The employees of this department consistently kept up to date with new training programs in financial crimes.

The National Accountability Bureau has been criticized by the Supreme Court for mismanagement. Justice Jawad S. Khawaja of the Supreme Court criticized the institution for its practice of ‘plea bargain’ and described it as ‘institutionalized corruption.’ Under the said practice the Bureau arrests suspects and negotiates for an out-of-court settlement under which the suspect is made to sign a confession and deposit funds of an amount determined by NAB. Justice Khawaja stated during court proceedings that he believed some NAB officials warn influential suspects before arrest to allow them sufficient time to escape. In January 2017 the NAB Executive Board Meeting (EBM) ordered the inquiry against ex-FBR chiefs – Salman Siddique, Abdullah Yousuf and Ali Arshad Hakeem – and ex-collector customs Iqbal Muneeb, member Pakistan Automated Customs Computerized System (PACCS) team and Ashir Azeem, Additional Director Customs. In this case, the accused allegedly committed corruption and misused authority in the award of computerization of FBR to a foreign company.

According to my concerted meditation, corrupt practices, especially among the police and government departments, are perceived to be on the rise in Pakistan. In police department some of ranked police officers like RPO/SSP/SP/DSP & Inspectors. They were given promotion according to their (Inspector General) but on a writ Supreme Court turned them back into their previous designation.

The survey of Transparency International (TI) 1,000 respondents showed that the Political parties were the most corrupt with 86 per cent, followed by the parliament with 76 per cent, medical services with 66 per cent, and the education system with 64 per cent and the NGOs with 62 per cent. Further The names of the criminals concerned will be discussed in my next column with their names of their departments.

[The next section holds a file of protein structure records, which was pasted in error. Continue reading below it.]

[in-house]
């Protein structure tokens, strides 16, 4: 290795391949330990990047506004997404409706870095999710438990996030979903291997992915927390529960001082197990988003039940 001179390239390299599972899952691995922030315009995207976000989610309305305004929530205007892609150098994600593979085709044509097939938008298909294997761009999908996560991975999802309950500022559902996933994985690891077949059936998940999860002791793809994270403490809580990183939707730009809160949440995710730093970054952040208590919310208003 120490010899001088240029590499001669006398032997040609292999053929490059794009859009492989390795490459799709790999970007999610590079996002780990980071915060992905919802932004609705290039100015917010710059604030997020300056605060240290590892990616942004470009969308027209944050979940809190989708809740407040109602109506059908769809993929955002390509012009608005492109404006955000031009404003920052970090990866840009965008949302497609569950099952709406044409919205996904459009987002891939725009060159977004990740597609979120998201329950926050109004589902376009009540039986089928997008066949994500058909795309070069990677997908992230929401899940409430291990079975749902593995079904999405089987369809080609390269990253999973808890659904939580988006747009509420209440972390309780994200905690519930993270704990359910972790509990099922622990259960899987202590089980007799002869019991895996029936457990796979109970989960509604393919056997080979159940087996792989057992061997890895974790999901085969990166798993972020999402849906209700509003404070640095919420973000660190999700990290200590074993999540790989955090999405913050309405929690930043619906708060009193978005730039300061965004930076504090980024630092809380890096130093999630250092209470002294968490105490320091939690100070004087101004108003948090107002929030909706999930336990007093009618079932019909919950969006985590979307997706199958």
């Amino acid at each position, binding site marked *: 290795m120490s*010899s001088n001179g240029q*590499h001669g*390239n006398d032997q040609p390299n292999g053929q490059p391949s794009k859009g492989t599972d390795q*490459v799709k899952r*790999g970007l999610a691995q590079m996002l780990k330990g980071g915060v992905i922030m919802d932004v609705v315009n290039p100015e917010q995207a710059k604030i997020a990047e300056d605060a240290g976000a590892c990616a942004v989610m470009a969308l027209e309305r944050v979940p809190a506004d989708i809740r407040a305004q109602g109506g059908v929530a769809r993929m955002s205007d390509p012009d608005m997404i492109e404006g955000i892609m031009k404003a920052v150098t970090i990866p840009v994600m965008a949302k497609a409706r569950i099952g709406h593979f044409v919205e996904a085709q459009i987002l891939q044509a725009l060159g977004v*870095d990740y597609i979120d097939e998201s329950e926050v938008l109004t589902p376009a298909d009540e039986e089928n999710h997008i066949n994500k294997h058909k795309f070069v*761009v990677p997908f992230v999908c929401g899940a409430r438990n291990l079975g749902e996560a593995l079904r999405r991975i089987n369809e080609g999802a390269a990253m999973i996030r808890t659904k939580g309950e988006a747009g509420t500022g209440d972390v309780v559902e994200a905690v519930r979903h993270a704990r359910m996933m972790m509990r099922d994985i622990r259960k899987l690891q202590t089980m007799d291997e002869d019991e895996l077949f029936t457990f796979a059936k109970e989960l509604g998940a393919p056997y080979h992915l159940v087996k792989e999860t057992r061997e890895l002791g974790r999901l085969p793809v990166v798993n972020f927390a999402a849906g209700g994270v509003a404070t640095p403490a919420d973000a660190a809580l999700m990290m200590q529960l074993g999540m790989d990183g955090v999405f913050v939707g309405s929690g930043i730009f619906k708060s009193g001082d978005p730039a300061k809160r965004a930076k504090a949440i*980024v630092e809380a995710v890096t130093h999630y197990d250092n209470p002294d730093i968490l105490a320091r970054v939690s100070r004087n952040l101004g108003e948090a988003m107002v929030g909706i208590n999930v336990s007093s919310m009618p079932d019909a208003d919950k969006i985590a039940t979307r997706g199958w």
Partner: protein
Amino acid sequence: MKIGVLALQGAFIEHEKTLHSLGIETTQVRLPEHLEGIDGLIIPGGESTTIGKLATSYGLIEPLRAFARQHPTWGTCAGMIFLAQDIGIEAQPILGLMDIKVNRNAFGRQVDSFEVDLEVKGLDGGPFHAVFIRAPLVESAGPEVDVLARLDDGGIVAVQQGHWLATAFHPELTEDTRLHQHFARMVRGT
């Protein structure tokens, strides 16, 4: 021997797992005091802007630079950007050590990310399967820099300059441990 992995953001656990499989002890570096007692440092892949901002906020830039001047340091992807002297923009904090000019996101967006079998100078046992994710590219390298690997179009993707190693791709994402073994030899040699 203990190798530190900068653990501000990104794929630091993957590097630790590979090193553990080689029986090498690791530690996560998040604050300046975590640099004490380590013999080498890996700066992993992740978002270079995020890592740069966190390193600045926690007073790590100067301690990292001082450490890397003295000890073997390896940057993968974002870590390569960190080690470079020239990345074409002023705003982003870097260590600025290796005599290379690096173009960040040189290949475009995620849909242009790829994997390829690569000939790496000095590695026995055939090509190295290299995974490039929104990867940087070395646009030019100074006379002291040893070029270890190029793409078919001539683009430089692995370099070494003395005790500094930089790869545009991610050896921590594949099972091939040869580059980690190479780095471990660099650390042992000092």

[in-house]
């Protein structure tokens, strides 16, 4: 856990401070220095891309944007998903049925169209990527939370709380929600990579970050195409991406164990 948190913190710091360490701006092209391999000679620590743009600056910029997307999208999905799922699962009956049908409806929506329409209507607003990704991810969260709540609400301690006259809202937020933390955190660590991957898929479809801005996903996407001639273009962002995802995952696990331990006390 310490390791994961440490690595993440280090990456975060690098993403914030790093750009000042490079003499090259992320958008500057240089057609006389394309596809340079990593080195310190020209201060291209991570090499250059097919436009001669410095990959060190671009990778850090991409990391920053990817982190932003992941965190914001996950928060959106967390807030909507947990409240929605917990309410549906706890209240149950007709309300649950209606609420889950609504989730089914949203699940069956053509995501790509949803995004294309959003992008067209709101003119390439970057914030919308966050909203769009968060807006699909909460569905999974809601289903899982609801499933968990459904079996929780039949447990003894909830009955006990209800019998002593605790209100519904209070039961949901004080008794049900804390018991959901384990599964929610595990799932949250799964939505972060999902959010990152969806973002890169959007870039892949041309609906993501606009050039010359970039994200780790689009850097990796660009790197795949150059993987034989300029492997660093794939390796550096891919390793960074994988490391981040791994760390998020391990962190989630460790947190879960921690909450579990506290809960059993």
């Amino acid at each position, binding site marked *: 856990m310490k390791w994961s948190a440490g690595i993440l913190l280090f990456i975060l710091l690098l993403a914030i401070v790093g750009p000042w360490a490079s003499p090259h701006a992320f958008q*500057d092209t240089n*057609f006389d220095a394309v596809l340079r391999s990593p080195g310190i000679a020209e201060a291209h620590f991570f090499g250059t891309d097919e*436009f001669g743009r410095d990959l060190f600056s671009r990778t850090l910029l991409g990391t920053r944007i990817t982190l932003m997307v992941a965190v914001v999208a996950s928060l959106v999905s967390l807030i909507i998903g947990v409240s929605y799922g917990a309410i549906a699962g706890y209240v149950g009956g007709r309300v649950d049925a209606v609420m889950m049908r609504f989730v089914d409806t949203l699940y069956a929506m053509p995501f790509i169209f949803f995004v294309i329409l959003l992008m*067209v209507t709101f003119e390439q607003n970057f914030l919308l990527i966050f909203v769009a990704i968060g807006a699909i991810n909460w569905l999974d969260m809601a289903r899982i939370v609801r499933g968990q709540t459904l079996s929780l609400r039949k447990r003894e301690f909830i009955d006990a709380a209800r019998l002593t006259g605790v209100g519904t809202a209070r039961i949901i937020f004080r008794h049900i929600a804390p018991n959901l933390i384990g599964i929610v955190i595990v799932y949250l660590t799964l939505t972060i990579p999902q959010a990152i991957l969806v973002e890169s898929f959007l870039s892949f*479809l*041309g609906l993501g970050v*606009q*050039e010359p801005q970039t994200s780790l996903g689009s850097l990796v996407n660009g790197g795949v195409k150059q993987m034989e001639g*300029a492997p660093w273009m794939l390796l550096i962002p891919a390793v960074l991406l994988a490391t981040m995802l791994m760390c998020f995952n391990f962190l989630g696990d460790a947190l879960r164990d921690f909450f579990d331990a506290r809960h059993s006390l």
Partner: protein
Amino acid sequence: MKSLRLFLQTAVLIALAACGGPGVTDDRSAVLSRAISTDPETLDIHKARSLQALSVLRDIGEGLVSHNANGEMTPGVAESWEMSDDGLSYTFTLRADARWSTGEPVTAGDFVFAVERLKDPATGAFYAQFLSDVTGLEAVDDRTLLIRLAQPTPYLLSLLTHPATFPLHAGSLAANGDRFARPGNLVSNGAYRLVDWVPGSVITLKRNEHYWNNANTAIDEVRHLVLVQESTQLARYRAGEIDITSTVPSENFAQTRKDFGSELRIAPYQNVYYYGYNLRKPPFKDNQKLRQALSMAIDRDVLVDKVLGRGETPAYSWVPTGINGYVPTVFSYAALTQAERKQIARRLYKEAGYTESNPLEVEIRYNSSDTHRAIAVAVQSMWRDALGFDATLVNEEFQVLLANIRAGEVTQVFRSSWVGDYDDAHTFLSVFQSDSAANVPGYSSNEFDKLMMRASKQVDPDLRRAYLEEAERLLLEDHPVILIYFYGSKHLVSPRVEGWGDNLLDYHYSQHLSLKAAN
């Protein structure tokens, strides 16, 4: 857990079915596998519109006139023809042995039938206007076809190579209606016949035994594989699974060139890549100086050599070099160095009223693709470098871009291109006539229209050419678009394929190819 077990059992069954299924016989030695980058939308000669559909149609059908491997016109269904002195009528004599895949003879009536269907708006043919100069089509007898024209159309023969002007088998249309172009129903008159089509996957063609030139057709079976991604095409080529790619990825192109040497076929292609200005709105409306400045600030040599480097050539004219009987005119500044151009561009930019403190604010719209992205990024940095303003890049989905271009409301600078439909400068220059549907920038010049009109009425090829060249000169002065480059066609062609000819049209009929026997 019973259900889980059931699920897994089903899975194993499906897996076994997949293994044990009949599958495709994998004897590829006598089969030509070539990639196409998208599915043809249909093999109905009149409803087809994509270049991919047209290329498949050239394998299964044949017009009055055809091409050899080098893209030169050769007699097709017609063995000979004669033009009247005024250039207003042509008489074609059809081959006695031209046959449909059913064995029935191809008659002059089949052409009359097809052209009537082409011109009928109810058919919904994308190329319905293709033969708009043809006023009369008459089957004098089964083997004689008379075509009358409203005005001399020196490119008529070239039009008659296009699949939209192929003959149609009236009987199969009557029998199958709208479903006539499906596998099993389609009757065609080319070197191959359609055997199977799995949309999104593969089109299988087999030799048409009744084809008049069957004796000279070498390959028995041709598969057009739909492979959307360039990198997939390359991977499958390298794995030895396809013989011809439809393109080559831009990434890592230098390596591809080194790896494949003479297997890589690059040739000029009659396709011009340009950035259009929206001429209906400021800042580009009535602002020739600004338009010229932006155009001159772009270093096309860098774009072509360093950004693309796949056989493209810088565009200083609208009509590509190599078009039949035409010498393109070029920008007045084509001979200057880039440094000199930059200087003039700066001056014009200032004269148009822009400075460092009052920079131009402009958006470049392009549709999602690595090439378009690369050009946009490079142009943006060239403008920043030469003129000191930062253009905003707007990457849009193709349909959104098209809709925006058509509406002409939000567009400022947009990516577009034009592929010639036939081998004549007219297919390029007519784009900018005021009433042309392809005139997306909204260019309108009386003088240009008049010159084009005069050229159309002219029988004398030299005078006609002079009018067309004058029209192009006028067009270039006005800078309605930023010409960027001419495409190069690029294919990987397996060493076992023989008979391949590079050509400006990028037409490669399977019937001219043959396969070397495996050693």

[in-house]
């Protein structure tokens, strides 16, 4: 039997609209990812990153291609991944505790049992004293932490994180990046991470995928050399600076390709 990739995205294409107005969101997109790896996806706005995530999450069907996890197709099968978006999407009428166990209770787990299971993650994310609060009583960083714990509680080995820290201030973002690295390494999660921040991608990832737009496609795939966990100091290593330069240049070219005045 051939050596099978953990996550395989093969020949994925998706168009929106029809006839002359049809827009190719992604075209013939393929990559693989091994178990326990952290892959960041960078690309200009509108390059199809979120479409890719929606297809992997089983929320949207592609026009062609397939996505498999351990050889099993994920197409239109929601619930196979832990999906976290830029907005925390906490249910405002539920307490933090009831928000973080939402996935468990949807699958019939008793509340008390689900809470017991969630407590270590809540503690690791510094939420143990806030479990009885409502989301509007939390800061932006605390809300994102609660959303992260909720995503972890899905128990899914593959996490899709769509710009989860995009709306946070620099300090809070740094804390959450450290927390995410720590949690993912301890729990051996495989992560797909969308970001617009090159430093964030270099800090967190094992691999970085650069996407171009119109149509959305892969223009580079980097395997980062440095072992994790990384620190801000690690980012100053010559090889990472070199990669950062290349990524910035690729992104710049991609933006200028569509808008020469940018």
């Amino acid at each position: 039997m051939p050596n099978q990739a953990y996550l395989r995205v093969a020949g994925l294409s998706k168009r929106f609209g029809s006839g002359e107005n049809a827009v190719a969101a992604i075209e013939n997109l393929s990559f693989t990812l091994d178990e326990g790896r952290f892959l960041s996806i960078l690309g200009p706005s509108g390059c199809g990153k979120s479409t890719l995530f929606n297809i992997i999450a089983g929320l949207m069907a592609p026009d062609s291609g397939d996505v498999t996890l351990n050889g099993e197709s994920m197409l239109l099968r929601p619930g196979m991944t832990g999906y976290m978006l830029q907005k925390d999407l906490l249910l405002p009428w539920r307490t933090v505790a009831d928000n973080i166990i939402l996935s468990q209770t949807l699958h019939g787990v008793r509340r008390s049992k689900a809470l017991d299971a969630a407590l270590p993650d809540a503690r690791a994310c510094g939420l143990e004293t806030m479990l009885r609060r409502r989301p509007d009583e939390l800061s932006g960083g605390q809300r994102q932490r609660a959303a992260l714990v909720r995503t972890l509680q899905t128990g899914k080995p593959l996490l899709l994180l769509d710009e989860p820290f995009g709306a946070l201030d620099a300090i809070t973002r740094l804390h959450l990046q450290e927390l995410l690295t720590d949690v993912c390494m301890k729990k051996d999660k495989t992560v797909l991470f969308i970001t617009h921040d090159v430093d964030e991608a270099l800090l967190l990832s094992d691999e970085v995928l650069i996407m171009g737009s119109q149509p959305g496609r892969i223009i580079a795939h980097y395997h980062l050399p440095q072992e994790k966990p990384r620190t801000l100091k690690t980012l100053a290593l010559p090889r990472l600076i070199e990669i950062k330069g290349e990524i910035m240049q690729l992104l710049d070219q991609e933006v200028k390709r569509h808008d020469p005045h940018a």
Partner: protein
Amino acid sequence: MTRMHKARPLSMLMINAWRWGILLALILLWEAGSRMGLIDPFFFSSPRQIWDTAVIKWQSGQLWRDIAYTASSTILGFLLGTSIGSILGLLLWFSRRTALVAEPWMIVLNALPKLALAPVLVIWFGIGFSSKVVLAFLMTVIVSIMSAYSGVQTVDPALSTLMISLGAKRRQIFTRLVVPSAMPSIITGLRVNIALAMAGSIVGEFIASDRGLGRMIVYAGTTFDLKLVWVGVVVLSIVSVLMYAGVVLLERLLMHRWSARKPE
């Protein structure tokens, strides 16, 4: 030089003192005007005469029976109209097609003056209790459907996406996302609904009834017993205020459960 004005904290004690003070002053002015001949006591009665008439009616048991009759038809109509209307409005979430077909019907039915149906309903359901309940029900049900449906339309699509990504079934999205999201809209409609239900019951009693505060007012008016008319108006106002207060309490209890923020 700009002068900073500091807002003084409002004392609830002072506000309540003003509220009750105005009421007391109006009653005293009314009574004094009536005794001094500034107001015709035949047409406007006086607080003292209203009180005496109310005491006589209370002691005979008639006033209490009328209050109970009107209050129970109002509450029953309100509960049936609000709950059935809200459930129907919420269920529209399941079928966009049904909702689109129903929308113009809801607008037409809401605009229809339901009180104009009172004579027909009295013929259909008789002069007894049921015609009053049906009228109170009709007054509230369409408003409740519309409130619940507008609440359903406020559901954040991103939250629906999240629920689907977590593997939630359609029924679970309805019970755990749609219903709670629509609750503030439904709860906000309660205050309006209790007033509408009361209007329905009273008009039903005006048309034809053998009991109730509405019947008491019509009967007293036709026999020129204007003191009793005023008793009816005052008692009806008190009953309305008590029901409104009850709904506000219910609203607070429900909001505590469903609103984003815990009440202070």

Results show that 54 per cent of the respondents said that corruption had increased by a large margin in the country. It also indicated a dangerous trend in interactions with the public sector, with almost 96 per cent of the respondents saying that personal contacts were important for getting things done in the public sector.

52 per cent of the respondents thought that government actions in fighting corruption were very ineffective.

According to the Corruption Perception Index (CPI) of 2015, Pakistan was at number 28 out of 180 in the list of most corrupt nations. More than half of respondents in a global corruption survey think that graft has worsened over the past two years, and a quarter reported having paid officials a bribe in the last 12 months.

Bribe paying levels remain very high worldwide, but people believe they have the power to stop corruption and the number of those willing to combat the abuse of power, secret dealings and bribery is significant. Governments need to make sure that there are strong, independent and well-resourced institutions to prevent and redress corruption. Too many people are harmed when these core institutions and basic services are undermined by the scourge of corruption.